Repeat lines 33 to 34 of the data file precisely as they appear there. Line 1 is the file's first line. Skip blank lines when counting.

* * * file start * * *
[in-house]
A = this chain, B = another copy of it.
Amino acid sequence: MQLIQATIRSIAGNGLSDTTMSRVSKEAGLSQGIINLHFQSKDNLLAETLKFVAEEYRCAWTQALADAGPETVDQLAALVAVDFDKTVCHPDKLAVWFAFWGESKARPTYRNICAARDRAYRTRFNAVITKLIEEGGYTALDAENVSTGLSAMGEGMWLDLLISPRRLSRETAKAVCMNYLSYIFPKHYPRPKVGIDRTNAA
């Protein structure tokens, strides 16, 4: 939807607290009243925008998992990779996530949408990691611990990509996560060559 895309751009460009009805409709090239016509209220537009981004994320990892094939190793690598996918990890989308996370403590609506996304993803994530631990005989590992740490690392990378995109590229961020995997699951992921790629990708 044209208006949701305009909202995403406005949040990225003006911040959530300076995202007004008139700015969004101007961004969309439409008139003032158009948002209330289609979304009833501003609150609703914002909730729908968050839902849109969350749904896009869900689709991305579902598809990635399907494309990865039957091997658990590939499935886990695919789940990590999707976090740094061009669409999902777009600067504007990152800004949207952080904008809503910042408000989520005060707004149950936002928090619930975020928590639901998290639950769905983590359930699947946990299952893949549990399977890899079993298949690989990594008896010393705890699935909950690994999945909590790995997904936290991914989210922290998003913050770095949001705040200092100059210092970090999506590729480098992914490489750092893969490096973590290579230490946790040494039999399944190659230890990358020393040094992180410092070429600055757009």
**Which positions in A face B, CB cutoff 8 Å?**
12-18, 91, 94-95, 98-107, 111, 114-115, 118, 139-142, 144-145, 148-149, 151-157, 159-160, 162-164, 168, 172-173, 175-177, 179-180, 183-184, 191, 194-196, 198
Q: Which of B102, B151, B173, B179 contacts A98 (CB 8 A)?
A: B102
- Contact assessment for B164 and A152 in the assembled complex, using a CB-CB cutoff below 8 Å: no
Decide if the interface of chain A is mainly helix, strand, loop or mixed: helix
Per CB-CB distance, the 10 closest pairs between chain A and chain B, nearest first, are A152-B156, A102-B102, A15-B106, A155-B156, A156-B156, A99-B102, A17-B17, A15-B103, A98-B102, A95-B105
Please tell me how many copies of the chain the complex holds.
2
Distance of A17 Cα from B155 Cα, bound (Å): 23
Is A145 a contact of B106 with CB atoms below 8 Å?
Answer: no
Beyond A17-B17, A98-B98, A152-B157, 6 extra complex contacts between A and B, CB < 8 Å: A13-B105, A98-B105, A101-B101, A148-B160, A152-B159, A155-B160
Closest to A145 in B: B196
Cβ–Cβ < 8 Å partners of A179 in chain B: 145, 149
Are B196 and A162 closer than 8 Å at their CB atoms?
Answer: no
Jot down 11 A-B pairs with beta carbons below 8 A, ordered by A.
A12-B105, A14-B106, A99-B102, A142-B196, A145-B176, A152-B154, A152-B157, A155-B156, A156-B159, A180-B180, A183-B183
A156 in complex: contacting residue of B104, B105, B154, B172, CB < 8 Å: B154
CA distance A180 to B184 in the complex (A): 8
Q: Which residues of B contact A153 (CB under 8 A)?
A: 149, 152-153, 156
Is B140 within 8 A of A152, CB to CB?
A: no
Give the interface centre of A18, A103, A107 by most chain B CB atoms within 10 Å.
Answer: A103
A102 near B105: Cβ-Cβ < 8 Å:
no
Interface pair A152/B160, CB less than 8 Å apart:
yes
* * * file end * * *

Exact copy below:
no
Interface pair A152/B160, CB less than 8 Å apart: